I have often been asked why I go by the name of Sumayah. I have never changed my name officially to Sumayah; however, this is the name I use when I write. I first came across the name of Sumayah when I first embraced Islam. I read the biography of this great woman. I was astonished by all the hardships she encountered for the sake of Allah (swt). I never forgot the significance behind her persona and name.

When I began writing I chose Sumayah because she not only was the first female martyr in Islam, but because her life expresses what courage and perserverance really signifies. Her name is a reminder for me that everything I encounter in my life will never add up to what this woman endured all in the name of Allah the one and only Creator of all that exists.

I wrote about her biography sometime ago and thought to share it with all of you, inshallah I hope you find it beneficial and enlightening. 

There were many women during the time of Prophet Muhammad (Peace and Blessings of Allah be Upon Him) who were strong, active and very courageous. They in my view demonstrated the quintessence of women in Islam. They carried water, nursed the wounded, and buried the dead during times of war among many other responsibilities. They were women who even fought in battles like Umm Umarah and Kanza (RA). The Sahabiyat (RA) devoted their lives and hearts to give all for the sake of Allah (SWT).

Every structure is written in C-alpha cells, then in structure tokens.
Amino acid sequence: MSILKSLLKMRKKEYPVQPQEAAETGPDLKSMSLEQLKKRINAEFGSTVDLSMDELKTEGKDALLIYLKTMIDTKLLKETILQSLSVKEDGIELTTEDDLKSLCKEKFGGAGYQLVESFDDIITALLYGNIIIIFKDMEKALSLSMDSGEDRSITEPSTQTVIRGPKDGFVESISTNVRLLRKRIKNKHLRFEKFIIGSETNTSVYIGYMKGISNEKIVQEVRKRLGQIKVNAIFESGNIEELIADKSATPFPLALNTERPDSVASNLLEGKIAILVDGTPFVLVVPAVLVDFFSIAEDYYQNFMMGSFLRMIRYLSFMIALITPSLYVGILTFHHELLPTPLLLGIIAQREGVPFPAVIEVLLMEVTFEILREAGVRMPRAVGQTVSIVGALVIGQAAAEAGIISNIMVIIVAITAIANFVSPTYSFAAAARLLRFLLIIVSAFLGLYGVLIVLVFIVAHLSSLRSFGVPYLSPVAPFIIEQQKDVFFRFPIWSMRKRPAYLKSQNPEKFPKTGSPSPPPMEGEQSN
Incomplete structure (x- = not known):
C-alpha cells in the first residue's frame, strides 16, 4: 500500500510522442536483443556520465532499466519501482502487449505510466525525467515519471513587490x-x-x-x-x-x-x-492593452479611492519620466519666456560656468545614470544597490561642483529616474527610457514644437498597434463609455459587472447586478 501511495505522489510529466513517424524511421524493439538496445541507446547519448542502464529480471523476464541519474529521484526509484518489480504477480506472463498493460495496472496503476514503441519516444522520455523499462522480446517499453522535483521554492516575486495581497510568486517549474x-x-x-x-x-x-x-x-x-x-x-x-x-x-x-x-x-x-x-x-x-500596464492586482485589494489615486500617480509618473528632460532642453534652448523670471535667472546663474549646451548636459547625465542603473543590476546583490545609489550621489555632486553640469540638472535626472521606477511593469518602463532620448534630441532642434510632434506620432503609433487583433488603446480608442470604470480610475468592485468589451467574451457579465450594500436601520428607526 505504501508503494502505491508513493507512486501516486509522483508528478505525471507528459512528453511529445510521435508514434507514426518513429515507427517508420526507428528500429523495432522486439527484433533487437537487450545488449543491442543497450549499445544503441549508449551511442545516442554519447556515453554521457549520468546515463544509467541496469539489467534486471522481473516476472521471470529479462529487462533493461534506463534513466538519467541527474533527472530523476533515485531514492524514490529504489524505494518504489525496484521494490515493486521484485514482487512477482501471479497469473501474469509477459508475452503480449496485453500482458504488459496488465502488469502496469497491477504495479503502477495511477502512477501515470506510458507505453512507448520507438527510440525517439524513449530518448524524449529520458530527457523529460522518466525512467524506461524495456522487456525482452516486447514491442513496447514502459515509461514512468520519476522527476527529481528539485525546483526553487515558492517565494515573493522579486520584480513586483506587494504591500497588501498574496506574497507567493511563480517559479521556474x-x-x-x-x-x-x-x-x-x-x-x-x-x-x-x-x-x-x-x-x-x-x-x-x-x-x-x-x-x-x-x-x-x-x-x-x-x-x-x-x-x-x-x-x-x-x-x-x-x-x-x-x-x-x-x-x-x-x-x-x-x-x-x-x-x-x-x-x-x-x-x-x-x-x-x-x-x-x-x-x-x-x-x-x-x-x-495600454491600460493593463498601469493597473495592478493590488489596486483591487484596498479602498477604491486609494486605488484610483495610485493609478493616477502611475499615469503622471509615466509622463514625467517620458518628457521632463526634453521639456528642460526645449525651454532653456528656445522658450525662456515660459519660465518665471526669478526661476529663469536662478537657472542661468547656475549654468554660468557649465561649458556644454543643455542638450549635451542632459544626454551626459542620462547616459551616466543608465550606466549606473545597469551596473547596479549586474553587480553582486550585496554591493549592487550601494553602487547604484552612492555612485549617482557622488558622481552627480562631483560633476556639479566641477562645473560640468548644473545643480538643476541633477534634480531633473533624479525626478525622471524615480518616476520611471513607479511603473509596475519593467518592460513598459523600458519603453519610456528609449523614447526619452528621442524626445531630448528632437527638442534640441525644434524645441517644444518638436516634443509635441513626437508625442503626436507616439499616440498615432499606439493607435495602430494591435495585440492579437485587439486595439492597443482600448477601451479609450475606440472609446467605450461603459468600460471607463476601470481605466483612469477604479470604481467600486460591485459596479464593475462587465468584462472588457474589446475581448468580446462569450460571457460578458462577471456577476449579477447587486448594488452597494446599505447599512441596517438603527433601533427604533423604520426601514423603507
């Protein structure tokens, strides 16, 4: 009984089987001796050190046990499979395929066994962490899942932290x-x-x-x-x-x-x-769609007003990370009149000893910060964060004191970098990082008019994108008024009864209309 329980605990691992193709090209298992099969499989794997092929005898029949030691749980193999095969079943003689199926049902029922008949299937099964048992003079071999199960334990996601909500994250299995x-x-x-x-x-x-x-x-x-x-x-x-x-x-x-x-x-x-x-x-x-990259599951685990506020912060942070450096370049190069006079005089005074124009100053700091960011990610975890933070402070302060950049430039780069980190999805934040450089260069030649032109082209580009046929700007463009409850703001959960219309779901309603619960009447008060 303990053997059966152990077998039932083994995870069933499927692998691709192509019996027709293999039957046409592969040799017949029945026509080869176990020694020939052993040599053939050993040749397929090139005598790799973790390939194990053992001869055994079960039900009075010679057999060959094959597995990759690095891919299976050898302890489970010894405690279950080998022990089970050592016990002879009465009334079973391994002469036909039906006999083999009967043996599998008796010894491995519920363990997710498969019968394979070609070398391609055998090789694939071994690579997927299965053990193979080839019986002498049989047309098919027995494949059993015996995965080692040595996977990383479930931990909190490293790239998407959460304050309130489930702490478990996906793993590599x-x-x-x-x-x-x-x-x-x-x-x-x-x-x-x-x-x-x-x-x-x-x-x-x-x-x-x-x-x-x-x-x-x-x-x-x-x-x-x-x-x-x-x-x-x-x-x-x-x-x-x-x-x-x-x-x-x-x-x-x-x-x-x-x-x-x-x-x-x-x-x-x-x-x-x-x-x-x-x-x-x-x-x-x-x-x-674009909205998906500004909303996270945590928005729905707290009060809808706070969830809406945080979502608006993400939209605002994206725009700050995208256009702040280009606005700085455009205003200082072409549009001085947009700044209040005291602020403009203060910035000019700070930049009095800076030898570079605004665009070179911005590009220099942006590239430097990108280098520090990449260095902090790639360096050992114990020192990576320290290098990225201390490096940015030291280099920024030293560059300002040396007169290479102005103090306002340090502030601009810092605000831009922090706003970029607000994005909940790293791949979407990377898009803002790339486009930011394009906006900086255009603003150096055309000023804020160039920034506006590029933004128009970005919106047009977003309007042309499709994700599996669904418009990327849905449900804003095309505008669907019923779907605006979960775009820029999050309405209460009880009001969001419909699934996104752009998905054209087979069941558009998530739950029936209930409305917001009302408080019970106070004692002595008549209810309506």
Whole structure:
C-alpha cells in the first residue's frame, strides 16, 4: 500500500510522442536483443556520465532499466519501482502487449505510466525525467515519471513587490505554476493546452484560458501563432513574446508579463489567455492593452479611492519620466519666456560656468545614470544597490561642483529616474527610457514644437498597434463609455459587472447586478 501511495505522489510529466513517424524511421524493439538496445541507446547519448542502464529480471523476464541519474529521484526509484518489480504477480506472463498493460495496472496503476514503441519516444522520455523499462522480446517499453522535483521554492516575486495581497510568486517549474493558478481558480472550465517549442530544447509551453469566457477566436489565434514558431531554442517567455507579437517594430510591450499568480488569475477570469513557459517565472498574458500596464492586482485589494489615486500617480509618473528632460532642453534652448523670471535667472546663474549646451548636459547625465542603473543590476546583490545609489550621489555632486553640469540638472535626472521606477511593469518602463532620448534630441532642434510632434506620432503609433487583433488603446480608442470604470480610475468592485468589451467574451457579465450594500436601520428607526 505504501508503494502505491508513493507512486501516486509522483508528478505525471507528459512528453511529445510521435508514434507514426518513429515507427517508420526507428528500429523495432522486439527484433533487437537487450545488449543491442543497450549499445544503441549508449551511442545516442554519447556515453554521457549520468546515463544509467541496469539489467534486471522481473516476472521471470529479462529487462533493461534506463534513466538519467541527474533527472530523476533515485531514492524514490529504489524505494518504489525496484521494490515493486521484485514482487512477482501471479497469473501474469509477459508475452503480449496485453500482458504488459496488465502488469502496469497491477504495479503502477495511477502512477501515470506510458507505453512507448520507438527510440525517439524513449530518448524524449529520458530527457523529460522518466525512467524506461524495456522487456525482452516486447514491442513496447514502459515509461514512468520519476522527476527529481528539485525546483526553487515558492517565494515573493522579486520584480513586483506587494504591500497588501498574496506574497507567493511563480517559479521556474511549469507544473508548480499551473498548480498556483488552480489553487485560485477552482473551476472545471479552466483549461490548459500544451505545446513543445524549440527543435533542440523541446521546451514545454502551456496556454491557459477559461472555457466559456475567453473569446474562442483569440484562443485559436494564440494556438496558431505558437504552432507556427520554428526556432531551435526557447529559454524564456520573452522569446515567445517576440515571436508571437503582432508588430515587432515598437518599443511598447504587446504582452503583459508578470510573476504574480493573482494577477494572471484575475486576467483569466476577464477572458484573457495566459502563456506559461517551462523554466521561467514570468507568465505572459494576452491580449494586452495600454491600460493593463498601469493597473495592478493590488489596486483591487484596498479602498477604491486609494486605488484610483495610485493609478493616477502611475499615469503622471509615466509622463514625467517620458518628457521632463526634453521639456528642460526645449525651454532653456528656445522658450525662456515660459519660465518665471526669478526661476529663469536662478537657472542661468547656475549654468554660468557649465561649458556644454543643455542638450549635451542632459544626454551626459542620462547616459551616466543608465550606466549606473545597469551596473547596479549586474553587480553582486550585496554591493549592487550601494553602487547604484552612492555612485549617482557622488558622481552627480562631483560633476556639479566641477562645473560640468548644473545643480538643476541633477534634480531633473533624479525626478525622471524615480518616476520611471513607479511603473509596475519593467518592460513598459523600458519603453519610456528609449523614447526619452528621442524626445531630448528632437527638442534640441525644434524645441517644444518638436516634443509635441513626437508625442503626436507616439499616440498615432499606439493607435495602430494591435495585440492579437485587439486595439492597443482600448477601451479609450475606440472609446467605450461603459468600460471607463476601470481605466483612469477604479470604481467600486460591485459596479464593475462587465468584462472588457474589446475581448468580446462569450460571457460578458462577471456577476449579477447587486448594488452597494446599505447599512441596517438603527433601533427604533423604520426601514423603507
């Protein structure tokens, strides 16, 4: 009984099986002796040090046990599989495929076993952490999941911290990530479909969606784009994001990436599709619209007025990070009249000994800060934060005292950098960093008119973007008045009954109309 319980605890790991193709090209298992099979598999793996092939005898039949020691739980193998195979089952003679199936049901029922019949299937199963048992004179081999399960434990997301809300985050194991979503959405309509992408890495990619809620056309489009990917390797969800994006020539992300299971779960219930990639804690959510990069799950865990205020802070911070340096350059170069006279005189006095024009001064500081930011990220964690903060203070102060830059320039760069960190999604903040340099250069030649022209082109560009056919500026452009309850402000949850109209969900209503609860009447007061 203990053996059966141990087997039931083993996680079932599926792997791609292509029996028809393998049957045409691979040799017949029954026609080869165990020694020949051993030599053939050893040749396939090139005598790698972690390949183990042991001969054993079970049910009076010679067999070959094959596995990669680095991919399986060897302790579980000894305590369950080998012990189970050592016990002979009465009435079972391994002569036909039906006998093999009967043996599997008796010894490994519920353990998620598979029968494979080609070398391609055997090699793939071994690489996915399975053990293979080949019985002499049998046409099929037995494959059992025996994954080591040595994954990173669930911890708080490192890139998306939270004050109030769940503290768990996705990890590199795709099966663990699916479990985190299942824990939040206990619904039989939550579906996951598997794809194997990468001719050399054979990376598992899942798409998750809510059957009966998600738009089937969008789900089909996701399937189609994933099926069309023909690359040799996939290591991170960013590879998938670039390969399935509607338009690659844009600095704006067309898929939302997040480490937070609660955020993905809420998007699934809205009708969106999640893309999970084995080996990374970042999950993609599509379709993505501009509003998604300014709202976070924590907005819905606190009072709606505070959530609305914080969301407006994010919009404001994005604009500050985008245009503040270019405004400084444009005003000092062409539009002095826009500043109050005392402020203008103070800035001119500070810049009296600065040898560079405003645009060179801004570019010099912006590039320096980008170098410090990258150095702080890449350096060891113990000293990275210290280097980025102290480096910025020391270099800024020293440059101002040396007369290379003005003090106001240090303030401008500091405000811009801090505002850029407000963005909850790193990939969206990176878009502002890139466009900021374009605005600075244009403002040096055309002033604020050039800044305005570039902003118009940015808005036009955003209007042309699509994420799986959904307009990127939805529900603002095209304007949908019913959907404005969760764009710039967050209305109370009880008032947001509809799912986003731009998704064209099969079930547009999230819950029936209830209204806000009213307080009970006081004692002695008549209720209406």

Sumayyah bint Kabbab (Radiya ‘Llahu ‘anha) was one of these women and was the first woman to be martyred for Islam. Her story is of steadfastness and strength in faith when Islam was nascent and still had few followers.

Sumayyah bint Kabbab (RA) was the slave of Abu Hudhaifah ibn al-Mughirah ibn Abd’Allah ibn Amr ibn Makhyum and amongst his slaves was also Yasir ibn Amir (Radiya ‘Llahu ‘anhu). Abu Hudhaifah married Yasir ibn Amir (RA) to Sumayyah bint Kabbab (RA), they soon conceived a son and named him Ammar ibn Yasir (RA) and their master freed them. The family was poor and didn’t have support from a tribe or family. Ammar a close companion to the Prophet (PBUH) heard the message of Islam and listened to the Qur’an and soon he and his parents were one of the early believers of Islam. The family would demonstrate how strong their iman was by worshipping Allah (SWT) openly. The city of Mecca was still largely polytheists who didn’t believe in the message of Muhammad (PBUH). As a result, the early believers would be harassed and tortured by the Meccans. Sumayyah, Yasir, and Ammar (Radiya ‘Llahu ‘anhum) were not an exception. The al-Mughirah clan would torture and persecute Sumayyah (RA) in an endeavor for her to relinquish her faith of Islam. Yasir and Ammar (Radiya ‘Llahu ‘anhuma) would also be tortured aside Sumayyah (RA). This persecution would take place in the scorching dessert of Mecca and to increase the severity of their suffering iron shields would be used to make it even more agonizing. The Prophet (PBUH) and Abu Bakr (RA) were among the few that were protected by their own family (The Quraish).